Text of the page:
Because I chose to go without the H801 template, GPIO2 magically became available to me for temperature sensing or anything else. I grabbed the old DHT22 from the original board and soldered it onto the H801 PCB pins, cutting a tiny groove in the case for the leads to fit through. All of this took far less time to implement than write about – I may add.

Next – I attached the white shelf lights to output W1 on the H801 and some 12v RGB strip I had handy to the RGB outputs. I could have been more ambitious but this did the job for me (W2 is currently sitting doing nothing – I could have put some COLD white LED on that and given myself complete warm to cold light (colour temperature) control – but I like warm white. in 2022 I plan to implement the lot – RGB, cold, warm and a temperature sensor.

All I had to do was set up a basic “Generic 18” Tasmota module under Tasmota web “configuration” and fill in 6 GPIO settings… so.. I set up GPIO2 to connect to the AM2301 (i.e. DHT22). I also set up 5 PWM outputs as you would see on the Tasmota site and that’s why I’ve not provided more hardware info here – it’s all on that page.

Originally called dimmer2, then cupboard, now cabinet, my H801 module

I could probably have also setup GPIO5 and 16 to the internal LEDs in the H801 but it’s a living room cupboard and the unit is mounted on the back – who wants a bunch of flashing lights in that situation? Tasmota being Tasmota I could also have made use of GPIO17 or the analog input for some extra function – but could not think of a use for it in this instance.

So, next – well, this could get really complex – but I don’t need it to be. Tasmota will regularly and automatically report (via MQTT) the status of the DHT22 – commands “POWER 1” and “POWER 0” (TOGGLE in the webUI) will turn the LEDS on and off – and the simple COLOR command will let me control (by MQTT) the RGB backlight and my white shelf lights (as a whole if I want – or separately – the sky is the limit.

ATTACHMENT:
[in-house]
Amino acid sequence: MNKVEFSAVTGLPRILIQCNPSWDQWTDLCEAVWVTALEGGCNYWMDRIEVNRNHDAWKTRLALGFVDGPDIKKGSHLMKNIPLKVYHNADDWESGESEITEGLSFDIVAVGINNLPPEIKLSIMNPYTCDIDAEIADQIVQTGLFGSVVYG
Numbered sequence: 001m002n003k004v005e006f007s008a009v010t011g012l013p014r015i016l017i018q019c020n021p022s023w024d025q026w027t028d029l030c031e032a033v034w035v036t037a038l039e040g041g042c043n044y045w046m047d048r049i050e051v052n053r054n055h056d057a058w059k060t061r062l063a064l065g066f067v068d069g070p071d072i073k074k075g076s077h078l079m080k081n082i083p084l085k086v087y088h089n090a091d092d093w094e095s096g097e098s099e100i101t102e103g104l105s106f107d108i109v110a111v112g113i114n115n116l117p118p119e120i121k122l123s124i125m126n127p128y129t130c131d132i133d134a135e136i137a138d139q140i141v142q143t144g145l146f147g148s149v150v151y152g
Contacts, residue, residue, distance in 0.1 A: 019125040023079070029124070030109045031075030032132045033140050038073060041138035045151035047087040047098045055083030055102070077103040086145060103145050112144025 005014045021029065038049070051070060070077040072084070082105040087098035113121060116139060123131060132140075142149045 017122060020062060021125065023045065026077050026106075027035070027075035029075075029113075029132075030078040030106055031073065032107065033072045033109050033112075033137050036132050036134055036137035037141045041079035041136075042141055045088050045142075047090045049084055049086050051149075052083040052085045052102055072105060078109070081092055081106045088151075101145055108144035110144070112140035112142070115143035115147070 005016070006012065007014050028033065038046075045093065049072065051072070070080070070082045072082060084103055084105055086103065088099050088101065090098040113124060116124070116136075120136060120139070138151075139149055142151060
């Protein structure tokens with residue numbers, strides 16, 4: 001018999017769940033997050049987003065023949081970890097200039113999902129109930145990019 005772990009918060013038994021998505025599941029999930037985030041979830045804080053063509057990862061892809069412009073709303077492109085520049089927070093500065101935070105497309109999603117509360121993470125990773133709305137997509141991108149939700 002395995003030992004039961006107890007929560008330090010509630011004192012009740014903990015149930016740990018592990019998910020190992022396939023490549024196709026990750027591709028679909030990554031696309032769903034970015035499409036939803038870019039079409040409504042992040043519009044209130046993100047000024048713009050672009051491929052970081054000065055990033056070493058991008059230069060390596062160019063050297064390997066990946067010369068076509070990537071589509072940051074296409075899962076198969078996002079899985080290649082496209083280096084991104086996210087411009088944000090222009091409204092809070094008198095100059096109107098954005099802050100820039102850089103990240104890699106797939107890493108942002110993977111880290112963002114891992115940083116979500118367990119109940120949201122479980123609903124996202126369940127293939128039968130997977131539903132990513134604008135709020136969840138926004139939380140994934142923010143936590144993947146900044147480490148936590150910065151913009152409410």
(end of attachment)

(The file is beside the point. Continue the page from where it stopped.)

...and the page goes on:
For reference in case you’re not really into Tasmota, in MQTT a command might for example be topic: cmnd/cupboard/power and payload 1 or 0

For colour control there are LOTS of ways to do this – for my needs I just needed colour [red, green, blue, white1, white2] – values being 0-255 in each case.

2022 update – I’m using the RGB in my Pergola here in our newly adopted Spain – and I plan to retrofit my above-desk shelf with the full RGB + warm white + cold white to provide much better lighting for my videos – and I expect the H801 will handle that just nicely. Compare to my Sonoff LED strip with IR controller which produces the most AWFUL excuse for white and a yellow that looks like someone has been ill.

Go to page 2 (below) for the original 2021 section on Banggood’s 4-way relay board if you’re interested.